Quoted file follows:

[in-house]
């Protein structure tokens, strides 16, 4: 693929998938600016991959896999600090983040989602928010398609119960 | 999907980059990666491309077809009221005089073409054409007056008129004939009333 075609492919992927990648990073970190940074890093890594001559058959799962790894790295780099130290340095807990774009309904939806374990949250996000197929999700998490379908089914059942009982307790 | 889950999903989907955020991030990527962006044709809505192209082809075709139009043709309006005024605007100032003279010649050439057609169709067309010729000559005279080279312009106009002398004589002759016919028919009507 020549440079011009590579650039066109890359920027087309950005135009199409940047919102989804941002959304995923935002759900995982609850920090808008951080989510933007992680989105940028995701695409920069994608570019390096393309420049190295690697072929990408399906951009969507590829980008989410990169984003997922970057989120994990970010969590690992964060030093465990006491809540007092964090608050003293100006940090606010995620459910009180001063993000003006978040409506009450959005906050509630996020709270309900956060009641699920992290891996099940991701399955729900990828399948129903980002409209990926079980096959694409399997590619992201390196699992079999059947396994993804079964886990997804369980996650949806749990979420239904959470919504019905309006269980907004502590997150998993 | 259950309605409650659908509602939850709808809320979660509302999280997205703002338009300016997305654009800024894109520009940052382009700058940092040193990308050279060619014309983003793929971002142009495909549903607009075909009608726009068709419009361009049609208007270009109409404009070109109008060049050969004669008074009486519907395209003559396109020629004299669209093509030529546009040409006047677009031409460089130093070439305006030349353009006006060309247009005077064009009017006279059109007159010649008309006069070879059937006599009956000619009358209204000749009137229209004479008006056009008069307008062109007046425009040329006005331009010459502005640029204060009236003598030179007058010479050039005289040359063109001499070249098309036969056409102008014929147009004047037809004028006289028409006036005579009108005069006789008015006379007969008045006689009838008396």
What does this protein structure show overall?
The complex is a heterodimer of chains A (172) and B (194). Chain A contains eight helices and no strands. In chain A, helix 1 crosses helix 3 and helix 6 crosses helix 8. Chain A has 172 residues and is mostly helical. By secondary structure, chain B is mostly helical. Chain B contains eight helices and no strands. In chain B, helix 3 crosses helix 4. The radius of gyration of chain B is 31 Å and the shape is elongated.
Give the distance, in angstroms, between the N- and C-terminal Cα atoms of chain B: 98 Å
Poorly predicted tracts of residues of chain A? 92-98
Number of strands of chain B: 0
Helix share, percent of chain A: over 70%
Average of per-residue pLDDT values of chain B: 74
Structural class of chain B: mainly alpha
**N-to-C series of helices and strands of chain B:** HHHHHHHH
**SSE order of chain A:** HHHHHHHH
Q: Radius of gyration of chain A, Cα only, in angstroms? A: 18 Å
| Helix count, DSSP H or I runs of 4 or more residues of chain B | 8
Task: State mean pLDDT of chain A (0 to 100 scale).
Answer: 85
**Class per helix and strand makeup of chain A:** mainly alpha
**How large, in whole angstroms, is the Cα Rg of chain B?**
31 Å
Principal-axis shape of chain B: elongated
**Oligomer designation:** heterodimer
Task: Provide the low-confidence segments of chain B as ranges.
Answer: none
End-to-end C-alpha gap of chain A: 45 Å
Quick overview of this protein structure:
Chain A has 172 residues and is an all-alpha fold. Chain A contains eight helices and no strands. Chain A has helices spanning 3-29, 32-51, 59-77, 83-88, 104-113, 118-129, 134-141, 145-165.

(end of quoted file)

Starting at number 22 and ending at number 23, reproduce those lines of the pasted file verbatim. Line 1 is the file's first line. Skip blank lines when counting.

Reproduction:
Task: Provide the low-confidence segments of chain B as ranges.
Answer: none